Department of Corrections Has New Equipment to Expand Inmate Rehabilitation ProgramPosted: Updated:
YAKIMA, Wash-- Yakima County Jail is becoming a model for inmate rehabilitation and now they've received a generous donation to help expand the program. Pape' Machinery Handling has donated a forklift.
For the Yakima County Department of corrections inmate rehabilitation is important. The forklift is now one more tool that they can use for their program.
Jail to work, the DOC is preparing inmates for the workforce after they're released. From flagger certification to food handlers permits and now forklift certification.
Investing in inmate education saves us money in the long run. "You basically get a return of $6 for every $1 you invest into these types of programs and really where that return is coming from is that these folks aren't re-offending and they're not coming back into the system," said Dean Mason, executive director Washington State Jail Industries Board.
Qualified inmates will receive classroom instruction by two DOC employees who are trained in the certification program. Then inmates will train on the forklift. A useful skill to have in our agricultural community.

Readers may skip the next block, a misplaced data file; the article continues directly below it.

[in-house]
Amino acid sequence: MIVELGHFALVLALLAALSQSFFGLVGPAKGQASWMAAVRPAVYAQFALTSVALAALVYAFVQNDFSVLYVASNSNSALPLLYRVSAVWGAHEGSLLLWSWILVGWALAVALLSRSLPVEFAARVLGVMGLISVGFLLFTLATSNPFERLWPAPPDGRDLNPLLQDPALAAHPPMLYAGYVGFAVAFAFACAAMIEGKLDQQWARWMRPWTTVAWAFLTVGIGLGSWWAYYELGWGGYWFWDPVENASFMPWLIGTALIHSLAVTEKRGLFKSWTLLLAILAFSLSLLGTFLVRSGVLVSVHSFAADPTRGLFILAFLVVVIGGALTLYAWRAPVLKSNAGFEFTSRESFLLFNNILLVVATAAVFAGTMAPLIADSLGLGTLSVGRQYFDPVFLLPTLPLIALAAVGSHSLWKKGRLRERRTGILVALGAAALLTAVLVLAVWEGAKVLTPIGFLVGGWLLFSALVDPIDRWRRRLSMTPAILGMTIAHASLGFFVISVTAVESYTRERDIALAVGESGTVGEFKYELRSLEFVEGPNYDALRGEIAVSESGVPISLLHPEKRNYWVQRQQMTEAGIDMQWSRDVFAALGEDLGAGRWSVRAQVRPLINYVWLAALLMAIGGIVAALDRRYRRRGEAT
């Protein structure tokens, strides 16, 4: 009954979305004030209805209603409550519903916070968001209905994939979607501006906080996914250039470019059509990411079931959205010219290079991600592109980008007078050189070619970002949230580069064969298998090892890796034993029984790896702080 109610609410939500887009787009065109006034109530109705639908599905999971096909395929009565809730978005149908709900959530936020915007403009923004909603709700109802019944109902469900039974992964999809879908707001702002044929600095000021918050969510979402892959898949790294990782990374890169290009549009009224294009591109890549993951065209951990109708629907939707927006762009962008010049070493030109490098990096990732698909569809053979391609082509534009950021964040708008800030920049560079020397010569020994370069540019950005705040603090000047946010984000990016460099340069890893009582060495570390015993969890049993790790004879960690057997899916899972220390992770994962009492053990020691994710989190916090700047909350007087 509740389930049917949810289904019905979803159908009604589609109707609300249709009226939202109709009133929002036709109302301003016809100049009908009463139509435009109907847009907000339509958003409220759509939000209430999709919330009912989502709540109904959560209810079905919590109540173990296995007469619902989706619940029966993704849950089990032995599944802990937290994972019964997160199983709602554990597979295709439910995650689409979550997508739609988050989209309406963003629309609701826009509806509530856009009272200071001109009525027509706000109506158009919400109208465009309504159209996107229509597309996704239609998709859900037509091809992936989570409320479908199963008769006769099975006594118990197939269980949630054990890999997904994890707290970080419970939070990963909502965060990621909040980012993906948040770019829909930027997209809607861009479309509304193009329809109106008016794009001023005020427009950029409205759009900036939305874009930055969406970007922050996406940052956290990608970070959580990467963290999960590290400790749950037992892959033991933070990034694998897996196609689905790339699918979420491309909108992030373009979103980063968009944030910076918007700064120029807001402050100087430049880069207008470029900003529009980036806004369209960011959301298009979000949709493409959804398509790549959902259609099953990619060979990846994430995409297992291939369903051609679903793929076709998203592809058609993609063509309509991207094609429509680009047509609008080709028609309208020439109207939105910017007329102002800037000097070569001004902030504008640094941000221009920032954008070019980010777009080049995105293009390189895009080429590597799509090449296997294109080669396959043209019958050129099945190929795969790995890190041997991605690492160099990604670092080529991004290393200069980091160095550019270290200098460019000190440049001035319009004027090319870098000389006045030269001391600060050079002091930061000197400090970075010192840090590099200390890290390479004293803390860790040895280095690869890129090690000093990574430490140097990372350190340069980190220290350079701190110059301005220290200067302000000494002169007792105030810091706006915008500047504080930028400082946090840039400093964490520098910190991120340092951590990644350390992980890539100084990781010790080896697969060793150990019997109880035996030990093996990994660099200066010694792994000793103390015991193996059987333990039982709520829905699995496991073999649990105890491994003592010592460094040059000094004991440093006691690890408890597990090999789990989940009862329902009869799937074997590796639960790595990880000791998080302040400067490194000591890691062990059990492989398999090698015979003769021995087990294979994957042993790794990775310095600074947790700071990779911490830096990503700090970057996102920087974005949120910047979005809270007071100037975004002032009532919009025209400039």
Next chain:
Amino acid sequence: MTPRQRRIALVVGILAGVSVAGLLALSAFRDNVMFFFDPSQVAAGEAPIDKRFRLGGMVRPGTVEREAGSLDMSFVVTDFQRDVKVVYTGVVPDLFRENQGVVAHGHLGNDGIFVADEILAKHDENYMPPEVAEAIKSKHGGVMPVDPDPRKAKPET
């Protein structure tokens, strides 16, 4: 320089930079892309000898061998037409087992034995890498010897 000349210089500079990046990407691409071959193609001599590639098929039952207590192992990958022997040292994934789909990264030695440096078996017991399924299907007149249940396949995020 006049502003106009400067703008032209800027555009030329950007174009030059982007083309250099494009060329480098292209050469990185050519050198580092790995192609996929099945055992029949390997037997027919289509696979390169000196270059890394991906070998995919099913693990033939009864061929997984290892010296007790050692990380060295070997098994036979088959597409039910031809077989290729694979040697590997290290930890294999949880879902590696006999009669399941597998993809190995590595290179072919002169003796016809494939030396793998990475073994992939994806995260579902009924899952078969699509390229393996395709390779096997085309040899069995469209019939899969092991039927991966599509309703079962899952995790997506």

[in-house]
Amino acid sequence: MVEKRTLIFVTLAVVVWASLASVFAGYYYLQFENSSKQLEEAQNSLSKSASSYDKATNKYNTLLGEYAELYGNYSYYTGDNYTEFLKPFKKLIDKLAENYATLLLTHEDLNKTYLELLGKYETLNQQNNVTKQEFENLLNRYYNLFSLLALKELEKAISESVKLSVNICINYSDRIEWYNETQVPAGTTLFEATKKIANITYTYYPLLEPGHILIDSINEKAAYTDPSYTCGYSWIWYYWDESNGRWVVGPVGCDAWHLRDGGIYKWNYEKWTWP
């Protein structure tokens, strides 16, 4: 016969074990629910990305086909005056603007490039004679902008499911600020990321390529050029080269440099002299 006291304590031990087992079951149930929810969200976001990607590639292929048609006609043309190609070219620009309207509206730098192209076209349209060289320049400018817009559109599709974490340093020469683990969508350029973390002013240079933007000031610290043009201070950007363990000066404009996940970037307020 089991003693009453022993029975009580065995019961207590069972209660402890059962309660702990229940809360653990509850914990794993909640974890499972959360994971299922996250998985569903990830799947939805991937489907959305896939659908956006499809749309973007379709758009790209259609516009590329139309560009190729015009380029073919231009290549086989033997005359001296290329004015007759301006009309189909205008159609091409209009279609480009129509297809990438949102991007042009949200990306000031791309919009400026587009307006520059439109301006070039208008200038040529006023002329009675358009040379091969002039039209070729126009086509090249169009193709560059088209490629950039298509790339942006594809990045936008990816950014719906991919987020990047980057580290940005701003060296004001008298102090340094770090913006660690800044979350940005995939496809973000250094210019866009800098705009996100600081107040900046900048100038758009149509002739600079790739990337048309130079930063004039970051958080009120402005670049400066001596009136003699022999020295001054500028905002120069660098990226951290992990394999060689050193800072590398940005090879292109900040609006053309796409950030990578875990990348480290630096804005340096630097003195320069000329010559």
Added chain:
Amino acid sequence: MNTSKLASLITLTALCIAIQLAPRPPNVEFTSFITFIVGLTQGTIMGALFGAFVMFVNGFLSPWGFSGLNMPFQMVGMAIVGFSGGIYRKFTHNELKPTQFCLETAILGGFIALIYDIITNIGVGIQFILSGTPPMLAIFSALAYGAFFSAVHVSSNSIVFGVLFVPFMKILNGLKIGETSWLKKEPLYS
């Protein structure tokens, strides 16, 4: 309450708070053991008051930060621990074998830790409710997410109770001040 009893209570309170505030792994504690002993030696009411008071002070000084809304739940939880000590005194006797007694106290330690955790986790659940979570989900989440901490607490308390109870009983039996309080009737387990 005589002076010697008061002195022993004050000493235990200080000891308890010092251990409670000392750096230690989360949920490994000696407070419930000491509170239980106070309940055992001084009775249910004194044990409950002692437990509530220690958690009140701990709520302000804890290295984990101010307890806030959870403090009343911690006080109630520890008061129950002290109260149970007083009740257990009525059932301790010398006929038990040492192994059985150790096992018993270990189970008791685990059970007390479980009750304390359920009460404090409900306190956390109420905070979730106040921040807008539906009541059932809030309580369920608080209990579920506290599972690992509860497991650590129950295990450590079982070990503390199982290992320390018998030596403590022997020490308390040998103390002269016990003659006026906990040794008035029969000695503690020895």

Pape' Material Handling donated the lift to the program. For them, it just makes sense to give back and they hope to see results.
"To see the crime rate go down and see some folks have some real opportunities once they leave this facility. It's as simple as that," said Ken Pollard, Pape' general manager.
Inmate, Michael Robertson, is a perfect example of jail education success. He'll be released soon. Robertson plans to pursue his master's degree and even write a book.
"I didn't really have a good attitude when I came here and I started to see some of the programs that they had to offer. Some of the staff stepped up above and beyond the call of duty, when they saw that I was willing to help myself," said Robertson.
The DOC is going to be training almost non-stop and could potentially certify hundreds of inmates before they're released.